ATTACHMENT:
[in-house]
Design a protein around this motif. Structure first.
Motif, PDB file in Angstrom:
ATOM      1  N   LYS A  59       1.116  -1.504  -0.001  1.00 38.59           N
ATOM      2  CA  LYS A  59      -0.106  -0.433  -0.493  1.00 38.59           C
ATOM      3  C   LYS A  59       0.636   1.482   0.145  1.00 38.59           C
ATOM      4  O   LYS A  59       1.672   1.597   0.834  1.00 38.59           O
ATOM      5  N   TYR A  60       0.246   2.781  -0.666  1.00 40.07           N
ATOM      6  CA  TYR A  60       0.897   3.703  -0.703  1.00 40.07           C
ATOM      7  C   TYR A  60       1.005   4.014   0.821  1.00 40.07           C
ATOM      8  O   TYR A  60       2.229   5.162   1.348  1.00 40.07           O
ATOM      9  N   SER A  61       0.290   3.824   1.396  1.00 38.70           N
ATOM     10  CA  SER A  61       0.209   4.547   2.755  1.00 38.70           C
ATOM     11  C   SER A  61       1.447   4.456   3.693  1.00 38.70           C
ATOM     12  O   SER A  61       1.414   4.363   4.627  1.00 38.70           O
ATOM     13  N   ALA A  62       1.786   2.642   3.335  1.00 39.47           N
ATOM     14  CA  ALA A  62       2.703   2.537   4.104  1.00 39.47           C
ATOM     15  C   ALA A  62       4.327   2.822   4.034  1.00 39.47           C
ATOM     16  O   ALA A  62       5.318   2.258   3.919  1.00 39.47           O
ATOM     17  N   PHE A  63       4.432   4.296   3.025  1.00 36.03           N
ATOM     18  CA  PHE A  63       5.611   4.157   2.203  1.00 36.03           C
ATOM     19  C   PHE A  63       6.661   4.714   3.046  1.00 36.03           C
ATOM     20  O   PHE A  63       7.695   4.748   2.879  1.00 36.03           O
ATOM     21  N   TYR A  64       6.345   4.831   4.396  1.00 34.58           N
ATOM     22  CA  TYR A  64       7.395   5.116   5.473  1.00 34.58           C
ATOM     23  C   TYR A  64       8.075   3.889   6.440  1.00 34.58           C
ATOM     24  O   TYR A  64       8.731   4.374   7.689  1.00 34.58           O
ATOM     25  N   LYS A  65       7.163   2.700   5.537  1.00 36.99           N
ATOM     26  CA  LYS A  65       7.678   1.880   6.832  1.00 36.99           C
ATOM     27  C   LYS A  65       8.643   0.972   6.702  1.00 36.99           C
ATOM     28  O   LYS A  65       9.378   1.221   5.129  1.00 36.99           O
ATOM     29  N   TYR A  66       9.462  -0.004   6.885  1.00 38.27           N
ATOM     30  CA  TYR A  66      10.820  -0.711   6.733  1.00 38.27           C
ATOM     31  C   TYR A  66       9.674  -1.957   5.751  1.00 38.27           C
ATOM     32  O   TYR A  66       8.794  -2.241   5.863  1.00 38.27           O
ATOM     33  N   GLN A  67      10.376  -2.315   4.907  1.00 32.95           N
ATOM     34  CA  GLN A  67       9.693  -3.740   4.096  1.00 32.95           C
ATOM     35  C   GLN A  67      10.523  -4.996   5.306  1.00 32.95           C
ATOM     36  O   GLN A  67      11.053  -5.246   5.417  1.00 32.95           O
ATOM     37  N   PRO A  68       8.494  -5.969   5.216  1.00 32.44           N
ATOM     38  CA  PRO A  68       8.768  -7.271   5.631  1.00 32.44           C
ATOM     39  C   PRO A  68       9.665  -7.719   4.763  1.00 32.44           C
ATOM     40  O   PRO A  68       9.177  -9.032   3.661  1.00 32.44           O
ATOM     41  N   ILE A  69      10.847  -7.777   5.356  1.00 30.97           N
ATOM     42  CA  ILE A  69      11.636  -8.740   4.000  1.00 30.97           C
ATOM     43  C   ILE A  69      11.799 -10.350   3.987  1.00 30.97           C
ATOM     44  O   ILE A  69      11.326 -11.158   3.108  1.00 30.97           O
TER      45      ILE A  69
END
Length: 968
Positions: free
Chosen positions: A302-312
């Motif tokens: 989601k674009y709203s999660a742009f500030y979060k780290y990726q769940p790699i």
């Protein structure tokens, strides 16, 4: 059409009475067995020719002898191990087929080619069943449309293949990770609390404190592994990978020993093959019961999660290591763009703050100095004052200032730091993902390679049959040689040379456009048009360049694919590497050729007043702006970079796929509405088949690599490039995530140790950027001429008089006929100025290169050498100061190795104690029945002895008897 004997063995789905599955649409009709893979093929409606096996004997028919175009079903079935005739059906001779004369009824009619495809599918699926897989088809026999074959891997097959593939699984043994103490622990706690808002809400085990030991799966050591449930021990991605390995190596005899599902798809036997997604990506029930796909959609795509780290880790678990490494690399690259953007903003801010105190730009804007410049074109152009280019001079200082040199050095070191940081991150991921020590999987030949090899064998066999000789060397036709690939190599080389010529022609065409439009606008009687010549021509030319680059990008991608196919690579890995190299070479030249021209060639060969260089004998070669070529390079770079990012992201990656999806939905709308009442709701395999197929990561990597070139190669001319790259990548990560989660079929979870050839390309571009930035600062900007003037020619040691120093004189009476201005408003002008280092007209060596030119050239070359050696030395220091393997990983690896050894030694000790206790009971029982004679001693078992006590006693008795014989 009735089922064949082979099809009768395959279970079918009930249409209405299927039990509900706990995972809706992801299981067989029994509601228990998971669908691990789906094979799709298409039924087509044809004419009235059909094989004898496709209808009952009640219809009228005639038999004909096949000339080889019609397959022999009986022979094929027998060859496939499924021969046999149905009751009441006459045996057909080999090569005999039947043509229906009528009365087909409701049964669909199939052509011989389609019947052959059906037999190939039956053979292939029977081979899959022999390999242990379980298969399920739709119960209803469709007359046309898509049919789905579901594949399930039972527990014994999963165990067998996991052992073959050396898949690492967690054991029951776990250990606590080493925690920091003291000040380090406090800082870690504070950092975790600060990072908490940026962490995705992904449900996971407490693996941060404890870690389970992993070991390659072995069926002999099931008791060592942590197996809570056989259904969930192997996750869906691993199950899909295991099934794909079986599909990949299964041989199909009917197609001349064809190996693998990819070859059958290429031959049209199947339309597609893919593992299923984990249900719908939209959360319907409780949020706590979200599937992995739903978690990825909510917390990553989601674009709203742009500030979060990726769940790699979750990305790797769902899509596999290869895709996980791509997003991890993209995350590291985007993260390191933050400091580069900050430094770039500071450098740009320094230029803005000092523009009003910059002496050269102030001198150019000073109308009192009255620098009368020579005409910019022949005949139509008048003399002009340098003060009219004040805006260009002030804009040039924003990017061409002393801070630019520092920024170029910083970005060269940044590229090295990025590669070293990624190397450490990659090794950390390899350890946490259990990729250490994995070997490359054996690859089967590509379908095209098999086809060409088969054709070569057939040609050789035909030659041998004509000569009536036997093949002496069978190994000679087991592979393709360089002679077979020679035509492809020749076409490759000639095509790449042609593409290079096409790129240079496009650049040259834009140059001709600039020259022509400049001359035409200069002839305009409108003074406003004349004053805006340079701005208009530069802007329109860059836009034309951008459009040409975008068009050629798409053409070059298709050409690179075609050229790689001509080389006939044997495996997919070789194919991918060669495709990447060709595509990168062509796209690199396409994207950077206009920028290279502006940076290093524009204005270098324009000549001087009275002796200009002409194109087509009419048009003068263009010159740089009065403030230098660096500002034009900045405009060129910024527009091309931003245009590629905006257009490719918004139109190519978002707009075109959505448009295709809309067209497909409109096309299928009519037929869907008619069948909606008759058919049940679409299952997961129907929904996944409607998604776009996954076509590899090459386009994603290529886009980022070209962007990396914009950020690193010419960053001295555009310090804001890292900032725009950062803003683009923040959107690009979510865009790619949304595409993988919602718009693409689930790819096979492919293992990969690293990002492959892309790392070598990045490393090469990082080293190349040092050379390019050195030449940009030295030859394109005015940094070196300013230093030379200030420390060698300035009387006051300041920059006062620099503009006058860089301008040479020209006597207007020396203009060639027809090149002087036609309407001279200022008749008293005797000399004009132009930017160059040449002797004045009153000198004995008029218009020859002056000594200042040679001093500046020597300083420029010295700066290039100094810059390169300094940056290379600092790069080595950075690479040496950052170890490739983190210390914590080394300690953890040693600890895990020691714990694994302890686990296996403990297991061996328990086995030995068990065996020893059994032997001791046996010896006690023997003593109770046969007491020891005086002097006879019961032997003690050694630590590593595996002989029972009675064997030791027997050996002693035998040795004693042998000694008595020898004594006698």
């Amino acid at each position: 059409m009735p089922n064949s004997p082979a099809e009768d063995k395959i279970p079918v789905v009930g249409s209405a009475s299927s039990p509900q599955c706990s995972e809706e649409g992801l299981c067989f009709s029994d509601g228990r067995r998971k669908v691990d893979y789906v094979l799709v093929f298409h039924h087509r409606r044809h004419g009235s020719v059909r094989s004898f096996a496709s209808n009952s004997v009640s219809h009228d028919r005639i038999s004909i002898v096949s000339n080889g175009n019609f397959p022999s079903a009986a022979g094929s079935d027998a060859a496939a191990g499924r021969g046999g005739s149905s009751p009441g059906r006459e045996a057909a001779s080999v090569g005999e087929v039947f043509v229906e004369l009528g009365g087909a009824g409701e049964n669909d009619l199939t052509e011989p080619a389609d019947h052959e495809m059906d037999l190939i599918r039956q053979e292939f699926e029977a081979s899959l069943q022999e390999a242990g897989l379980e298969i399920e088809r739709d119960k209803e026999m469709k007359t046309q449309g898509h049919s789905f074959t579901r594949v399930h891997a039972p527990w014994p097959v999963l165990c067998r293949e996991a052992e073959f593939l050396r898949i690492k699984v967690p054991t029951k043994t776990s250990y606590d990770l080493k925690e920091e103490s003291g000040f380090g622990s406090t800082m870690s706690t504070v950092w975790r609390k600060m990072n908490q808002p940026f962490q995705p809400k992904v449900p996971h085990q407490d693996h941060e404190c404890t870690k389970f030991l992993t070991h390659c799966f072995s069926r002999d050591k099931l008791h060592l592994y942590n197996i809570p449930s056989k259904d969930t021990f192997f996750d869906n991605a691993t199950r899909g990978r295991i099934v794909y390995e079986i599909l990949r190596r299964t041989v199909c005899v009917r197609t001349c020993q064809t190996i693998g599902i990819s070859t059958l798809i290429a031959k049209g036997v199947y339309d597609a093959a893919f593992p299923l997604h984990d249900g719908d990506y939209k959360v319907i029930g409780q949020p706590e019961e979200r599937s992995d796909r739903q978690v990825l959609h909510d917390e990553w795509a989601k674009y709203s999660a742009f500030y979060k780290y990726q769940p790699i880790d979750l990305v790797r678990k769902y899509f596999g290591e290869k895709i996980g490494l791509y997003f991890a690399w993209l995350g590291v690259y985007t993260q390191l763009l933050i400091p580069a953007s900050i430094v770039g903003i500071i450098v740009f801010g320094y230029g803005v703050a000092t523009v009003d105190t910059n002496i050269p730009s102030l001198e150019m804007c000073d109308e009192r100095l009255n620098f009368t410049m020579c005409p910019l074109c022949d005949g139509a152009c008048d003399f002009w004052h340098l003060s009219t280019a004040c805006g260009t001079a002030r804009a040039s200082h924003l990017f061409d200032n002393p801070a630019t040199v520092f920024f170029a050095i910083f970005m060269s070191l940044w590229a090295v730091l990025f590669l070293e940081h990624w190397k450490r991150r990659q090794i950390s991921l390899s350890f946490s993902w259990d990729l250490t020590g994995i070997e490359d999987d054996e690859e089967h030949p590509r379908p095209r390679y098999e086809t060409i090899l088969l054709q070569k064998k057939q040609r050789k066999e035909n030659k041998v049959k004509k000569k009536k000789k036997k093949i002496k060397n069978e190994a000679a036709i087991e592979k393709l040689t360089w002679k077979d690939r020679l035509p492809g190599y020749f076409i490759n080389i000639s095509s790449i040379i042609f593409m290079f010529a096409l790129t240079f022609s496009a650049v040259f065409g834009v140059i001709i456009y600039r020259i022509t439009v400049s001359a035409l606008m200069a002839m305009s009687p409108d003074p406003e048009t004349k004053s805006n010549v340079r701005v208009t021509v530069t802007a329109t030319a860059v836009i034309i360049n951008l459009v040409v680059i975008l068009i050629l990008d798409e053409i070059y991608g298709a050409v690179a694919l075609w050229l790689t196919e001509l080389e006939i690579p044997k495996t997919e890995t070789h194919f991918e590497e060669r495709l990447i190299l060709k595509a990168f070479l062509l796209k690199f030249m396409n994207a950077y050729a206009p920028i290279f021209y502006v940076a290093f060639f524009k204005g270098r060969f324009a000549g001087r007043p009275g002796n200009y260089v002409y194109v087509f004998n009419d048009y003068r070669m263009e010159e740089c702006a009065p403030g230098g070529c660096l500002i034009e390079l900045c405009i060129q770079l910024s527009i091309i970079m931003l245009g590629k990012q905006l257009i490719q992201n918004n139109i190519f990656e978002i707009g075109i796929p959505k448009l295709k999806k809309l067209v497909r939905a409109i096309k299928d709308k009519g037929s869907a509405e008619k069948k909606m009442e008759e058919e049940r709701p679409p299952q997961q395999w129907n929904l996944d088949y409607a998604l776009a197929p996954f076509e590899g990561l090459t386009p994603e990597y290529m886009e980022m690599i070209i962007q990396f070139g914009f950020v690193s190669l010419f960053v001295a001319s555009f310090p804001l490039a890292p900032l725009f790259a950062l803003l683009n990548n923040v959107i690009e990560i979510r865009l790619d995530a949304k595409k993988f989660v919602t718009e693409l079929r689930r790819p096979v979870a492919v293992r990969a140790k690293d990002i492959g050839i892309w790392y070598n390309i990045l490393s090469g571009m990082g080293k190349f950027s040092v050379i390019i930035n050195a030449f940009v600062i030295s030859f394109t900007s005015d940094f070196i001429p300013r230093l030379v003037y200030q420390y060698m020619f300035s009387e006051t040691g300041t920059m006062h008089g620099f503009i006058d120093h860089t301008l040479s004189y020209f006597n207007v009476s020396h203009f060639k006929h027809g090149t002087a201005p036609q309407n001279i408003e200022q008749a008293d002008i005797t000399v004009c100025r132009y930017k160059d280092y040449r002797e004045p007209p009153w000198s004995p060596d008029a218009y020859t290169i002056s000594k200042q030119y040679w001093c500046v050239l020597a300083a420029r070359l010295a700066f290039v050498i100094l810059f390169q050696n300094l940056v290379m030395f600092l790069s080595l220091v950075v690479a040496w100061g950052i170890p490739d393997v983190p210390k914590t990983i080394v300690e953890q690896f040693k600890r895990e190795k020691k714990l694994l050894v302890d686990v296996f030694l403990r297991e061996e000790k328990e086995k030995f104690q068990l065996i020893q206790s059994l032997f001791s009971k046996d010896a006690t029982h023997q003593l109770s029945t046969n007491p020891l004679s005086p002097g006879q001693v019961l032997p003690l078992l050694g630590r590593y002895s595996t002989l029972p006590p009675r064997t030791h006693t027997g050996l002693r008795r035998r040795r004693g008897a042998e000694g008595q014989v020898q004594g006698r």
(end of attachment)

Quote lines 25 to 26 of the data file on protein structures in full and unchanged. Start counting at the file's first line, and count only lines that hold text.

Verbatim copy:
ATOM     22  CA  TYR A  64       7.395   5.116   5.473  1.00 34.58           C
ATOM     23  C   TYR A  64       8.075   3.889   6.440  1.00 34.58           C